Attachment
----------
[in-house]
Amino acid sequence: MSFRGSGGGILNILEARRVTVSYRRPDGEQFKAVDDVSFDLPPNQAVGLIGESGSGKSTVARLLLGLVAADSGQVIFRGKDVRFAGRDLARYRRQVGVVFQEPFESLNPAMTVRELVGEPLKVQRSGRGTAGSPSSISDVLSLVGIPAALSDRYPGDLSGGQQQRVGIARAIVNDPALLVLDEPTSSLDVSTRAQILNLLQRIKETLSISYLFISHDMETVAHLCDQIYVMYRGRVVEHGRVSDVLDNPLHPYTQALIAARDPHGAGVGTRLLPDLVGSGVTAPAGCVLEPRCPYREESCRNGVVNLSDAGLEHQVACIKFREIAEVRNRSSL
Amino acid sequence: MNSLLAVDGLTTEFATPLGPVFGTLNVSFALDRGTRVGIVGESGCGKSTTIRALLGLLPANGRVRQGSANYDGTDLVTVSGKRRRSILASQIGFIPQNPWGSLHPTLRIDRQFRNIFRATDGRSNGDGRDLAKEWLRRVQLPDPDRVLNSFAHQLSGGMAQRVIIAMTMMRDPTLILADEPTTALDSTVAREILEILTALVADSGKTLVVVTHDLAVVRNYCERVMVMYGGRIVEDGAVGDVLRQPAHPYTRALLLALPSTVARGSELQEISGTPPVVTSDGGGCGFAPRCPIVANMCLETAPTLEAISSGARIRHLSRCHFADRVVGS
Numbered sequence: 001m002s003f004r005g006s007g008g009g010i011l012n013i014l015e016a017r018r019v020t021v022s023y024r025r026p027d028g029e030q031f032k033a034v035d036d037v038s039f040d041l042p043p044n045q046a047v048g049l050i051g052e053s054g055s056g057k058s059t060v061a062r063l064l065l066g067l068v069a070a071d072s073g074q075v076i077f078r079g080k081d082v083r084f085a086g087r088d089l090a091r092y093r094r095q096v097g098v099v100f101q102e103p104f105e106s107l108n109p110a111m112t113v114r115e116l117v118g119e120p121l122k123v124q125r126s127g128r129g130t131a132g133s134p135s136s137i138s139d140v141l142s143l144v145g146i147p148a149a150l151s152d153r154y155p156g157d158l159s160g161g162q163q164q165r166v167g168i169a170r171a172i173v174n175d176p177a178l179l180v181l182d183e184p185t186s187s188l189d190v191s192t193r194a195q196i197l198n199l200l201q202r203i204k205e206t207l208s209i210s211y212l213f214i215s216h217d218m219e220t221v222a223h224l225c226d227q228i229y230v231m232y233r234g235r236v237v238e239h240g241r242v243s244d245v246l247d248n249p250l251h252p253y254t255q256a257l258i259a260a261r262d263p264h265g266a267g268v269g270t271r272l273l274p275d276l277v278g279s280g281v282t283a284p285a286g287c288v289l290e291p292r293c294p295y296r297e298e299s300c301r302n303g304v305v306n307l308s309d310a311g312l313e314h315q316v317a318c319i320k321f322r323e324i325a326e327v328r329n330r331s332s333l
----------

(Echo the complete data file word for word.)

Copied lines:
[in-house]
Amino acid sequence: MSFRGSGGGILNILEARRVTVSYRRPDGEQFKAVDDVSFDLPPNQAVGLIGESGSGKSTVARLLLGLVAADSGQVIFRGKDVRFAGRDLARYRRQVGVVFQEPFESLNPAMTVRELVGEPLKVQRSGRGTAGSPSSISDVLSLVGIPAALSDRYPGDLSGGQQQRVGIARAIVNDPALLVLDEPTSSLDVSTRAQILNLLQRIKETLSISYLFISHDMETVAHLCDQIYVMYRGRVVEHGRVSDVLDNPLHPYTQALIAARDPHGAGVGTRLLPDLVGSGVTAPAGCVLEPRCPYREESCRNGVVNLSDAGLEHQVACIKFREIAEVRNRSSL
Amino acid sequence: MNSLLAVDGLTTEFATPLGPVFGTLNVSFALDRGTRVGIVGESGCGKSTTIRALLGLLPANGRVRQGSANYDGTDLVTVSGKRRRSILASQIGFIPQNPWGSLHPTLRIDRQFRNIFRATDGRSNGDGRDLAKEWLRRVQLPDPDRVLNSFAHQLSGGMAQRVIIAMTMMRDPTLILADEPTTALDSTVAREILEILTALVADSGKTLVVVTHDLAVVRNYCERVMVMYGGRIVEDGAVGDVLRQPAHPYTRALLLALPSTVARGSELQEISGTPPVVTSDGGGCGFAPRCPIVANMCLETAPTLEAISSGARIRHLSRCHFADRVVGS
Numbered sequence: 001m002s003f004r005g006s007g008g009g010i011l012n013i014l015e016a017r018r019v020t021v022s023y024r025r026p027d028g029e030q031f032k033a034v035d036d037v038s039f040d041l042p043p044n045q046a047v048g049l050i051g052e053s054g055s056g057k058s059t060v061a062r063l064l065l066g067l068v069a070a071d072s073g074q075v076i077f078r079g080k081d082v083r084f085a086g087r088d089l090a091r092y093r094r095q096v097g098v099v100f101q102e103p104f105e106s107l108n109p110a111m112t113v114r115e116l117v118g119e120p121l122k123v124q125r126s127g128r129g130t131a132g133s134p135s136s137i138s139d140v141l142s143l144v145g146i147p148a149a150l151s152d153r154y155p156g157d158l159s160g161g162q163q164q165r166v167g168i169a170r171a172i173v174n175d176p177a178l179l180v181l182d183e184p185t186s187s188l189d190v191s192t193r194a195q196i197l198n199l200l201q202r203i204k205e206t207l208s209i210s211y212l213f214i215s216h217d218m219e220t221v222a223h224l225c226d227q228i229y230v231m232y233r234g235r236v237v238e239h240g241r242v243s244d245v246l247d248n249p250l251h252p253y254t255q256a257l258i259a260a261r262d263p264h265g266a267g268v269g270t271r272l273l274p275d276l277v278g279s280g281v282t283a284p285a286g287c288v289l290e291p292r293c294p295y296r297e298e299s300c301r302n303g304v305v306n307l308s309d310a311g312l313e314h315q316v317a318c319i320k321f322r323e324i325a326e327v328r329n330r331s332s333l